Wesleyan portrait of Michelle Louise Personick

Michelle Louise Personick

Associate Professor of Chemistry

Hall-Atwater Laboratories, 135

Associate Professor, Integrative Sciences

Hall-Atwater Laboratories, 135


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BA Middlebury College
PHD Northwestern University

Michelle Louise Personick

Research in the Personick lab focuses on the synthesis of noble metal and noble metal alloy nanoparticles with well-defined shapes and catalytically active high-energy surfaces. Our research takes place at the interface between inorganic chemistry, materials science, and chemical engineering. We are developing materials-generalizable chemical tools for controlling the shape, composition, and surface ligand environment of metal nanoparticles at the atomic scale. These materials provide a platform for structure-activity studies of catalytic transformations at the intersection of macroscopic single crystal model surfaces and working catalysts, thereby facilitating catalyst design from fundamental principles. We are also using visible light illumination to excite non-thermal electron distributions in noble metal nanoparticles to achieve reaction selectivity that is not possible using purely thermal reaction chemistry in both materials synthesis and catalytic transformations. Our overall goal is to develop tailored metal nanomaterials that function as improved catalysts for energy- and resource-efficient chemical synthesis and the clean production of energy.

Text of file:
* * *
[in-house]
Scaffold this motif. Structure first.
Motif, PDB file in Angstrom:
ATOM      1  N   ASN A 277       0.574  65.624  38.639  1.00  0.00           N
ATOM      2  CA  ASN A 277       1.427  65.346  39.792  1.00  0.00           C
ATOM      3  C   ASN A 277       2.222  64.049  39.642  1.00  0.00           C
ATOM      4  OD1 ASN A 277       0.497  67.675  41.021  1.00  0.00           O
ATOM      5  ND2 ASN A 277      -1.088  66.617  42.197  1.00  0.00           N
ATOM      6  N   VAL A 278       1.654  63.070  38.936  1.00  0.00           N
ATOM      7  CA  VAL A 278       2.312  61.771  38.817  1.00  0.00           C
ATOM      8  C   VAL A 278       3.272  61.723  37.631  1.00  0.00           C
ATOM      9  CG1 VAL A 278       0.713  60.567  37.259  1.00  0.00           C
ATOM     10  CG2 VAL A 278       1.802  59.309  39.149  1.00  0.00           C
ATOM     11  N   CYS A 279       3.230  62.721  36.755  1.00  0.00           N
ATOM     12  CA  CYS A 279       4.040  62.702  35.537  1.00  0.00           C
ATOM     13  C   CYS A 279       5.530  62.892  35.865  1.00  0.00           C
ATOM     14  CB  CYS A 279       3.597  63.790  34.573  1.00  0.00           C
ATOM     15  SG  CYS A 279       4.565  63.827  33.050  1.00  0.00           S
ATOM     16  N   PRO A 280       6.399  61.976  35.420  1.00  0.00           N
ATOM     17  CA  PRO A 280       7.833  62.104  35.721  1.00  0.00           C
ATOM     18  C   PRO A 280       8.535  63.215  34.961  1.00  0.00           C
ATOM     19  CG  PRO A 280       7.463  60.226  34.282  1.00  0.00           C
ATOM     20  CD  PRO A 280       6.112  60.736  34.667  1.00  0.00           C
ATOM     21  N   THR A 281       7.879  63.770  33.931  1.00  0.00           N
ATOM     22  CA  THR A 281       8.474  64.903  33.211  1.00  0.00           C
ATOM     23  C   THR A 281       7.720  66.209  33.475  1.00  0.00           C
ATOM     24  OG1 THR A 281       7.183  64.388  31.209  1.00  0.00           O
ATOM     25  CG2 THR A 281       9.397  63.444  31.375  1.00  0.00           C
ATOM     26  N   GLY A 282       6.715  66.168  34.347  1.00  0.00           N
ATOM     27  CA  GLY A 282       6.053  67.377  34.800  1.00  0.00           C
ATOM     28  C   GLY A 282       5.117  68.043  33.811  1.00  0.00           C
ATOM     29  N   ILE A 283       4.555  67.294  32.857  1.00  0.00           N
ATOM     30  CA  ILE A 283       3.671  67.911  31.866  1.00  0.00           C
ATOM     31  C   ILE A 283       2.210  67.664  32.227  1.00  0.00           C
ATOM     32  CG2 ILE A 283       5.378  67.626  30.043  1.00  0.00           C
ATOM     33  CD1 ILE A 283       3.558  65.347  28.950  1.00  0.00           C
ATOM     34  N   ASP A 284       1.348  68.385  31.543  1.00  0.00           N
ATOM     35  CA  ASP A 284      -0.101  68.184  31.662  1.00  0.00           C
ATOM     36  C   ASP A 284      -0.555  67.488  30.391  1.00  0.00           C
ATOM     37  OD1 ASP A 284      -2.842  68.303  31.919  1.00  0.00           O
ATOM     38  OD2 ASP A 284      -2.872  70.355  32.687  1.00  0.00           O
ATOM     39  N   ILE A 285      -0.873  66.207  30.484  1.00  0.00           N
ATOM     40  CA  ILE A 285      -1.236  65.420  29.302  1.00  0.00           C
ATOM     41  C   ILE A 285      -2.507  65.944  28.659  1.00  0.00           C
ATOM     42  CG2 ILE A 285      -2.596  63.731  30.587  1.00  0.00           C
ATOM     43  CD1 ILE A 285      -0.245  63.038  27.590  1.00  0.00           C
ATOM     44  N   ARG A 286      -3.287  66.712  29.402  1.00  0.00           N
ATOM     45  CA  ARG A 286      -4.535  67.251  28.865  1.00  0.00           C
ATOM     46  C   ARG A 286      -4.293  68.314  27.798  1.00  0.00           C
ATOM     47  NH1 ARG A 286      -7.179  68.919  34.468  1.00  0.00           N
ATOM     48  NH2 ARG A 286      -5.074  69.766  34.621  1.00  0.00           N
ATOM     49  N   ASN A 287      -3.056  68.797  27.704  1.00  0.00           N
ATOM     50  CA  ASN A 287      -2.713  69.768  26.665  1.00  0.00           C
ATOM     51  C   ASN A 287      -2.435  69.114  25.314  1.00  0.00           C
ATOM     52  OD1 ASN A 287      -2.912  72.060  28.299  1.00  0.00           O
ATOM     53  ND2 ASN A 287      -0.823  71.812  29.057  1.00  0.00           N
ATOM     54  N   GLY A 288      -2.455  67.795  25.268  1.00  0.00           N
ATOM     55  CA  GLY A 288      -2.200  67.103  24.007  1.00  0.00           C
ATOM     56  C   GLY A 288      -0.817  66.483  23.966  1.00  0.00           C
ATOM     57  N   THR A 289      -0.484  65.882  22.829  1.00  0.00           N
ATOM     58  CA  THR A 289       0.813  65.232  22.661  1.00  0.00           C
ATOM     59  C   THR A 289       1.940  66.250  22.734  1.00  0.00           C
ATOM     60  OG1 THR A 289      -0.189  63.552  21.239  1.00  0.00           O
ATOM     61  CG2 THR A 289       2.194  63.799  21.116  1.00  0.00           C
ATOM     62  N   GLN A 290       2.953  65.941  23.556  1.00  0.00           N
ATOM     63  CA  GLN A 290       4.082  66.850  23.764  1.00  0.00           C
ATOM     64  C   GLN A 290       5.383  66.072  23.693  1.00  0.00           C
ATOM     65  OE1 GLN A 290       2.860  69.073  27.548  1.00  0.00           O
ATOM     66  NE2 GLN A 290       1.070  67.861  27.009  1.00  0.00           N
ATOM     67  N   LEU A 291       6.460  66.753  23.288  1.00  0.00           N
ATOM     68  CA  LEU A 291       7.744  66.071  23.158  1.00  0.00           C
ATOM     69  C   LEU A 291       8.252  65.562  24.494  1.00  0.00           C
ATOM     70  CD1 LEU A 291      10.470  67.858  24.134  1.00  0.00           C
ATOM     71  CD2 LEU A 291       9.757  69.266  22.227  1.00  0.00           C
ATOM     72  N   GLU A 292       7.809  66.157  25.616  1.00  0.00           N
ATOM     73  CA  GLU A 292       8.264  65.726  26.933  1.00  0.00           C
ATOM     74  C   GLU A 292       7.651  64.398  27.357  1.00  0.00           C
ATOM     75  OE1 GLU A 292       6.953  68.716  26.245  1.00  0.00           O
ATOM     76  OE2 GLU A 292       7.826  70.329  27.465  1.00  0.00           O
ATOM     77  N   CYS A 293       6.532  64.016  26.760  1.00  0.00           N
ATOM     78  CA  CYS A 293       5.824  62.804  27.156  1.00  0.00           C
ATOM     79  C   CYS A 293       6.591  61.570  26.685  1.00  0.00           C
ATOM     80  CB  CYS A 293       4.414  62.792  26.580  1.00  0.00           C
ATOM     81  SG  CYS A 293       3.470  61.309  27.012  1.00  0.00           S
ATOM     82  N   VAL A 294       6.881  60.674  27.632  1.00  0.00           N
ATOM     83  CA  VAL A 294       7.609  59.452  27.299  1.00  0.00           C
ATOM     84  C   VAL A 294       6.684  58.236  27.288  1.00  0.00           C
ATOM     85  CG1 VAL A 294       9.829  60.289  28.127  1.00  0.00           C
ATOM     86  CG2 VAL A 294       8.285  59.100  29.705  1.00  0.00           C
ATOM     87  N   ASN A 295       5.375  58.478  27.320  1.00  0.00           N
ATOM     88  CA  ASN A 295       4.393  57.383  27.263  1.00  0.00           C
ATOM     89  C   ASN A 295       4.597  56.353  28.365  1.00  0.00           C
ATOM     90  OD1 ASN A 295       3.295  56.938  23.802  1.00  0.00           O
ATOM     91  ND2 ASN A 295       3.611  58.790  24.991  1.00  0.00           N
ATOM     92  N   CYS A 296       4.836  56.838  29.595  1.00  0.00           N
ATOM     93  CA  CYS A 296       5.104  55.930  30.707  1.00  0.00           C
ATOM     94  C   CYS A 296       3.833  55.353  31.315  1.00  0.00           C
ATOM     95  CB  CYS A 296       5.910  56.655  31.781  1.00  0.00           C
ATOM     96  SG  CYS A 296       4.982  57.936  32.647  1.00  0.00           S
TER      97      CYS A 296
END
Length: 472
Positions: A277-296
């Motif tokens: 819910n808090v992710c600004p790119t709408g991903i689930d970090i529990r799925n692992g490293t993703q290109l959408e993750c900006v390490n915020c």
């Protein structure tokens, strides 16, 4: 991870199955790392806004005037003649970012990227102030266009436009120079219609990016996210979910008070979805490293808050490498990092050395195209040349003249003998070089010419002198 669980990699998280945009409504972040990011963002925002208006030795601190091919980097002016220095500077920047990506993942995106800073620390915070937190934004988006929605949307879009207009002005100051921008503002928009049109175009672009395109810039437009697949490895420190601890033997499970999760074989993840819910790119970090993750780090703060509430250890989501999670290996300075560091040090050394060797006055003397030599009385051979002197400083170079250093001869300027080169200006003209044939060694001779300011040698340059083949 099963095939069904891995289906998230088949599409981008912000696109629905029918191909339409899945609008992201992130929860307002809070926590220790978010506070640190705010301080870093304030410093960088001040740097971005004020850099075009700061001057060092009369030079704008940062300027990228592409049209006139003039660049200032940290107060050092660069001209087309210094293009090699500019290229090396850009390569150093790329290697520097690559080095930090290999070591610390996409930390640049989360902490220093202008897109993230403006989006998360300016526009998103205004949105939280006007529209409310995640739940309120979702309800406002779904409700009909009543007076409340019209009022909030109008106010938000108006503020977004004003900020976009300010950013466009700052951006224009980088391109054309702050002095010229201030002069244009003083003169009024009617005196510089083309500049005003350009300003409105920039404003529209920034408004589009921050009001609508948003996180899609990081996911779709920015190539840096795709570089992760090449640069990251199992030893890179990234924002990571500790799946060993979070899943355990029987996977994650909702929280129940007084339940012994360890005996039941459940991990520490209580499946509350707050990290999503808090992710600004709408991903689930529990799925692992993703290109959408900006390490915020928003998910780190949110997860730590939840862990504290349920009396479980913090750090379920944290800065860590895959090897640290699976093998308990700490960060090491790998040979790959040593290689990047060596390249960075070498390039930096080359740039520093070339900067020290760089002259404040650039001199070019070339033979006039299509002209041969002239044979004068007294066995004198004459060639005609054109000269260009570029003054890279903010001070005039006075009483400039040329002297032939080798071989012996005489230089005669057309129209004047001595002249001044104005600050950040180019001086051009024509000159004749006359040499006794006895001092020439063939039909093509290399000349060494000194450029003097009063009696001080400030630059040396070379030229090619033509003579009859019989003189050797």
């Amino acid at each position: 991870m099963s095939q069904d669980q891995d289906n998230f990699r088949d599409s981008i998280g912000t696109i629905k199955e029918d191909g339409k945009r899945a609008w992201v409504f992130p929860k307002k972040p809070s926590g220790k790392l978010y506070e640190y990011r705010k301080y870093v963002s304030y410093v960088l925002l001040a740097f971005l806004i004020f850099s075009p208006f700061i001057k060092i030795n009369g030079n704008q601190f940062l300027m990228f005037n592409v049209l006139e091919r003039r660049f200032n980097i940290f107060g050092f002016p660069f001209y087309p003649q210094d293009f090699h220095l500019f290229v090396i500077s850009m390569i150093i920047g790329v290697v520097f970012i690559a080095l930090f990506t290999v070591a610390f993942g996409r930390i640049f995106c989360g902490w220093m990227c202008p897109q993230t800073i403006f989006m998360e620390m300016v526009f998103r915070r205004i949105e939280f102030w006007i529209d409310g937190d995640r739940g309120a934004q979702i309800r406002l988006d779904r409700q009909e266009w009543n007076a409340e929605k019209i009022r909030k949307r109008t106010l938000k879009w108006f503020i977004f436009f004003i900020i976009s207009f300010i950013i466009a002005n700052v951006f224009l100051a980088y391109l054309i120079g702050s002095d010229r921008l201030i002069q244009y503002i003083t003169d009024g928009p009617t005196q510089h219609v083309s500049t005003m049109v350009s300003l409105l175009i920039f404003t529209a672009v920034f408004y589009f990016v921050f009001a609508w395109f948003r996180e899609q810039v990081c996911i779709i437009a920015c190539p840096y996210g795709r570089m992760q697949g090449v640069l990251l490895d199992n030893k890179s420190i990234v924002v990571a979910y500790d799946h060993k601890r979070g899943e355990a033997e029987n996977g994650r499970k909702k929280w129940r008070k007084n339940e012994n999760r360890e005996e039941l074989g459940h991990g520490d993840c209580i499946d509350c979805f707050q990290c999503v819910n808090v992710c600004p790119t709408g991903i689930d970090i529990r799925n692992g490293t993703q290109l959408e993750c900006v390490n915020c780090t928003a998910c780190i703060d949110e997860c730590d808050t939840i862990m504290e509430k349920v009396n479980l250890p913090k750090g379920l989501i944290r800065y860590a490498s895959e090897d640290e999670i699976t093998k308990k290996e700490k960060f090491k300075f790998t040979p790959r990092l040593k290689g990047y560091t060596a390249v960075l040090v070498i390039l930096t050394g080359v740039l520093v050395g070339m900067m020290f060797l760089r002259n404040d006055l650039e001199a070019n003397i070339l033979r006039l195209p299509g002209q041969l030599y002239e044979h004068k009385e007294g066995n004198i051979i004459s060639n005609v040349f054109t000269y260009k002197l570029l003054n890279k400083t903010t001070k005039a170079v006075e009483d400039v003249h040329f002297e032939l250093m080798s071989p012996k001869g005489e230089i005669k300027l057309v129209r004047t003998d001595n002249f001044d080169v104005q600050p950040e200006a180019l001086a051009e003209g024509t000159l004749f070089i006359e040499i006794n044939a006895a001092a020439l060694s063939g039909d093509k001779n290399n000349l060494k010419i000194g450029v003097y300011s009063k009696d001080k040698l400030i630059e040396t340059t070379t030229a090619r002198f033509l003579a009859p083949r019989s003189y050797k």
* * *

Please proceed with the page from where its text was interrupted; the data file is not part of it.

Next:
Michelle Personick received her undergraduate degree from Middlebury College in 2009 and a Ph.D. in Chemistry from Northwestern University in 2013. Her doctoral research focused on the development of a comprehensive set of design guidelines for controlling the shape and crystallinity of gold and silver nanoparticles. From 2013 to 2015, she was a postdoctoral researcher at Harvard University. As a member of the Integrated Mesoscale Architectures for Sustainable Catalysis (IMASC) Energy Frontier Research Center, she studied selective oxidative transformations of alcohols on nanoporous gold alloy catalysts. Personick joined the chemistry faculty at Wesleyan in July 2015. In 2016, she was awarded the Victor K. LaMer Award from the American Chemical Society (ACS) Division of Colloid and Surface Chemistry in recognition of her research.  

Academic Affiliations

Office Hours

Thursdays 1:30-2:30 pm in HA 135

and by appointment.


Fall 2022
CHEM 361 - 01
Advanced Inorganic Chemistry

CHEM 521 - 01
Chemistry Symposia I